Bipartisan Push for OZ Extension Deadline and Regulation


In April of 2022, a bipartisan bill was introduced to the House and Senate under the name, “The Opportunity Zones Transparency, Extension, and Improvement Act” from representatives Cory Booker, Tim Scott, Mark Warner, Todd Young, and Chris Van Hollen and Representatives Ron Kind (D-WI-03), Mike Kelly (R-PA-16), Terri Sewell (D-AL-07), Jackie Walorski (R-IN-02), and Dan Kildee (D-MI-05). Within this legislation, massive changes are discussed, including an extension of the Opportunity Zone deadline. 

The first change on the docket involves sunsetting Opportunity Zones that are at or above the national median family income (NMFI) by a margin of 130%. Not only would this remove the Opportunity Zone status of these tracts, it would then provide the state the ability to add an additional OZ in a different location. This does not mean that currently developed projects will lose their OZ status and benefits, it means that no new OZ investments may be added to a tract after it is sunset. The 130% MFI cutoff seems to be the interesting part, in that it is leveling all OZs to the same living standard. These standards of living are easily viewable by purchasing power by states. Someone living in an OZ within New York will likely have less purchasing power daily than someone living in an OZ within Texas.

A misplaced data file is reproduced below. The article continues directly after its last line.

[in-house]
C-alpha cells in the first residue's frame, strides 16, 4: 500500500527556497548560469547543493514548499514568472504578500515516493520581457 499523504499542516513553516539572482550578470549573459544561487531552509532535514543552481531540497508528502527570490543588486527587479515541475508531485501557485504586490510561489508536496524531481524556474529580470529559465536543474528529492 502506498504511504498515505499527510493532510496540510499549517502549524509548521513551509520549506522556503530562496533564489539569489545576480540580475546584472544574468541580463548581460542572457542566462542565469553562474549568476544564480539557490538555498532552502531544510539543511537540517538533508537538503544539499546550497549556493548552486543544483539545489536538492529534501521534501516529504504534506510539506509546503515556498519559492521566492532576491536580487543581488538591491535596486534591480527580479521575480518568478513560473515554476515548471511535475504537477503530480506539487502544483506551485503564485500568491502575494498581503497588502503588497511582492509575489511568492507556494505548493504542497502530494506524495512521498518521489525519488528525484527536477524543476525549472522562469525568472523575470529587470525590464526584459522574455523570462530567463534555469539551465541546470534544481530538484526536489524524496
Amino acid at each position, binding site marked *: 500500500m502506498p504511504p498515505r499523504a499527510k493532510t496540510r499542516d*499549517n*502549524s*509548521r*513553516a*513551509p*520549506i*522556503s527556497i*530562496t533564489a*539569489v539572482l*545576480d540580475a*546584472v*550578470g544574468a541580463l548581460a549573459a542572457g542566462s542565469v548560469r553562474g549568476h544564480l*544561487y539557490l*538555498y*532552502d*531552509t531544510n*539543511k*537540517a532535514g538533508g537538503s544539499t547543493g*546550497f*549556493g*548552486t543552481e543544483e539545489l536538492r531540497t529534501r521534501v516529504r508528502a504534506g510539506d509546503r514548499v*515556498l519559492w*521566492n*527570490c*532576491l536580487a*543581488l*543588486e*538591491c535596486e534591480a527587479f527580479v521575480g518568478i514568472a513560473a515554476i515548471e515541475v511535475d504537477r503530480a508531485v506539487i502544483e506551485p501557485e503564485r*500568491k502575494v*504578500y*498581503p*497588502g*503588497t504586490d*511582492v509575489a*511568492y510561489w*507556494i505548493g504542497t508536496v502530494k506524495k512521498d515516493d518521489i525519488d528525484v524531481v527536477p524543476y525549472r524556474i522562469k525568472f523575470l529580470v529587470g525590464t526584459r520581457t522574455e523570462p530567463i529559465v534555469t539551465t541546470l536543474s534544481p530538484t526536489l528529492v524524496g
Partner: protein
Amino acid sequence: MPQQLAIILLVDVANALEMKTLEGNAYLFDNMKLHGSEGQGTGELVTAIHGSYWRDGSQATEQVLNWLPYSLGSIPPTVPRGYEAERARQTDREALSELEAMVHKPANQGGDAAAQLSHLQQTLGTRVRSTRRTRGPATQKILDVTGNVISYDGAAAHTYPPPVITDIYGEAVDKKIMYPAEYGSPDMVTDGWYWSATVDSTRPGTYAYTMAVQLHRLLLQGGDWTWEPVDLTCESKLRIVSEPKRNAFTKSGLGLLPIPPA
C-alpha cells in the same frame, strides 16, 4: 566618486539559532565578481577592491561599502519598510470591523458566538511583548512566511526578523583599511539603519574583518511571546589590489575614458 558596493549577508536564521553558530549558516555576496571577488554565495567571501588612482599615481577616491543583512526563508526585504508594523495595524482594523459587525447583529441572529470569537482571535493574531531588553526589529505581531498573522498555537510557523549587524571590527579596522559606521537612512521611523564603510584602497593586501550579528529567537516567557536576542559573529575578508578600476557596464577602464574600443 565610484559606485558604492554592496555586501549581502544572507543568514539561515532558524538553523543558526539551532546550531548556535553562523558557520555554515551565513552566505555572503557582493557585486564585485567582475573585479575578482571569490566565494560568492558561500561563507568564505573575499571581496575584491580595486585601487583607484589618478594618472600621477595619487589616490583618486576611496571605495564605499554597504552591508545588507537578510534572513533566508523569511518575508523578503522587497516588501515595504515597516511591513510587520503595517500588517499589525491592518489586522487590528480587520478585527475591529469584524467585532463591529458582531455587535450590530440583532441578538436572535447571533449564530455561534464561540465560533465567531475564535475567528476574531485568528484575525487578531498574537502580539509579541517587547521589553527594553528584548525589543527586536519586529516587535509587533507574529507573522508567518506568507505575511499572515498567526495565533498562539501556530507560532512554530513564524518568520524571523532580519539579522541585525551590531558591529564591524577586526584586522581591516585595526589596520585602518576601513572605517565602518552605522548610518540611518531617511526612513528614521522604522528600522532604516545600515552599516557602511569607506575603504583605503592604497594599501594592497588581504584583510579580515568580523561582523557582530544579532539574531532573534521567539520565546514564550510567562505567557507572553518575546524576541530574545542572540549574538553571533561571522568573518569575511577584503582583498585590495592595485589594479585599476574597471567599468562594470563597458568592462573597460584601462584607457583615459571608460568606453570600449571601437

Secondly, there would be a reinstatement of reporting requirements from the Investing in Opportunity Act (IIOA), the original legislation that created Opportunity Zones. The ethos behind this reinstatement is to ensure long-term stability within the program by monitoring the efficacy of development tracts. The deadline for OZ benefits will also change from 2026 to 2028 to make up for a lack of deployable assets during the Covid-19 pandemic.
Third, which is the newest innovation for OZs, this legislation would allow Qualified Opportunity Funds (QOFs) to invest directly into other QOFs. This would come in the form of creating a Qualified Feeder Fund (QFF) in which 95% of its assets are deployed into other QOFs. This would function similarly to a Venture Capital fund but exclusively in QOF projects. QFFs allow entities to deploy smaller investments in a broad range of projects, thus broadening the capacity for capital gains to be put to use in underserved and underdeveloped areas.

The final inclusion within this legislation is the “State and Community Dynamism Fund” (SCDF). The SCDF establishes a $1 billion pool to be distributed across states in an effort to spur specific QOFs and development projects. The projects of choice have not been disclosed but appear to be up to discussion if the legislation is passed.